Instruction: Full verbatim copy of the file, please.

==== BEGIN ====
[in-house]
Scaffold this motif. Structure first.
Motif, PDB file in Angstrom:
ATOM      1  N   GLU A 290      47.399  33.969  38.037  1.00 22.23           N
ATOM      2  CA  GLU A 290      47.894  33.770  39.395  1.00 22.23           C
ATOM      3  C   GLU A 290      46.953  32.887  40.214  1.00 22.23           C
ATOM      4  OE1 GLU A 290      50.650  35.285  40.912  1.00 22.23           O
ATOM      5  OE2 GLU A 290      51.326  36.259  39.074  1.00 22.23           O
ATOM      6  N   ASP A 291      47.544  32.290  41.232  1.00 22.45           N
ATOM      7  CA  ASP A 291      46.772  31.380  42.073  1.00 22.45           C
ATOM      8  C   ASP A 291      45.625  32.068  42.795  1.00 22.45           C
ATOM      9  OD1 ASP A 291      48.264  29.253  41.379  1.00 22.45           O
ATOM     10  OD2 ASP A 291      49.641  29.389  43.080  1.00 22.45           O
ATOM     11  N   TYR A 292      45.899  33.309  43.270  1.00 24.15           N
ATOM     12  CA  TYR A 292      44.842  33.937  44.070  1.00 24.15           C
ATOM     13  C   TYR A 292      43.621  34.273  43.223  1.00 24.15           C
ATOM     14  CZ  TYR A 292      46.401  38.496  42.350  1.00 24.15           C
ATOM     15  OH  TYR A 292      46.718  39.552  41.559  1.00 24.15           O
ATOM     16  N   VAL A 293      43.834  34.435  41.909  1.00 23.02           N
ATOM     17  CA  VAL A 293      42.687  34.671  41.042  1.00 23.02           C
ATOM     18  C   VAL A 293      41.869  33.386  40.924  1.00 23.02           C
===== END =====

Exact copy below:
[in-house]
Scaffold this motif. Structure first.
Motif, PDB file in Angstrom:
ATOM      1  N   GLU A 290      47.399  33.969  38.037  1.00 22.23           N
ATOM      2  CA  GLU A 290      47.894  33.770  39.395  1.00 22.23           C
ATOM      3  C   GLU A 290      46.953  32.887  40.214  1.00 22.23           C
ATOM      4  OE1 GLU A 290      50.650  35.285  40.912  1.00 22.23           O
ATOM      5  OE2 GLU A 290      51.326  36.259  39.074  1.00 22.23           O
ATOM      6  N   ASP A 291      47.544  32.290  41.232  1.00 22.45           N
ATOM      7  CA  ASP A 291      46.772  31.380  42.073  1.00 22.45           C
ATOM      8  C   ASP A 291      45.625  32.068  42.795  1.00 22.45           C
ATOM      9  OD1 ASP A 291      48.264  29.253  41.379  1.00 22.45           O
ATOM     10  OD2 ASP A 291      49.641  29.389  43.080  1.00 22.45           O
ATOM     11  N   TYR A 292      45.899  33.309  43.270  1.00 24.15           N
ATOM     12  CA  TYR A 292      44.842  33.937  44.070  1.00 24.15           C
ATOM     13  C   TYR A 292      43.621  34.273  43.223  1.00 24.15           C
ATOM     14  CZ  TYR A 292      46.401  38.496  42.350  1.00 24.15           C
ATOM     15  OH  TYR A 292      46.718  39.552  41.559  1.00 24.15           O
ATOM     16  N   VAL A 293      43.834  34.435  41.909  1.00 23.02           N
ATOM     17  CA  VAL A 293      42.687  34.671  41.042  1.00 23.02           C
ATOM     18  C   VAL A 293      41.869  33.386  40.924  1.00 23.02           C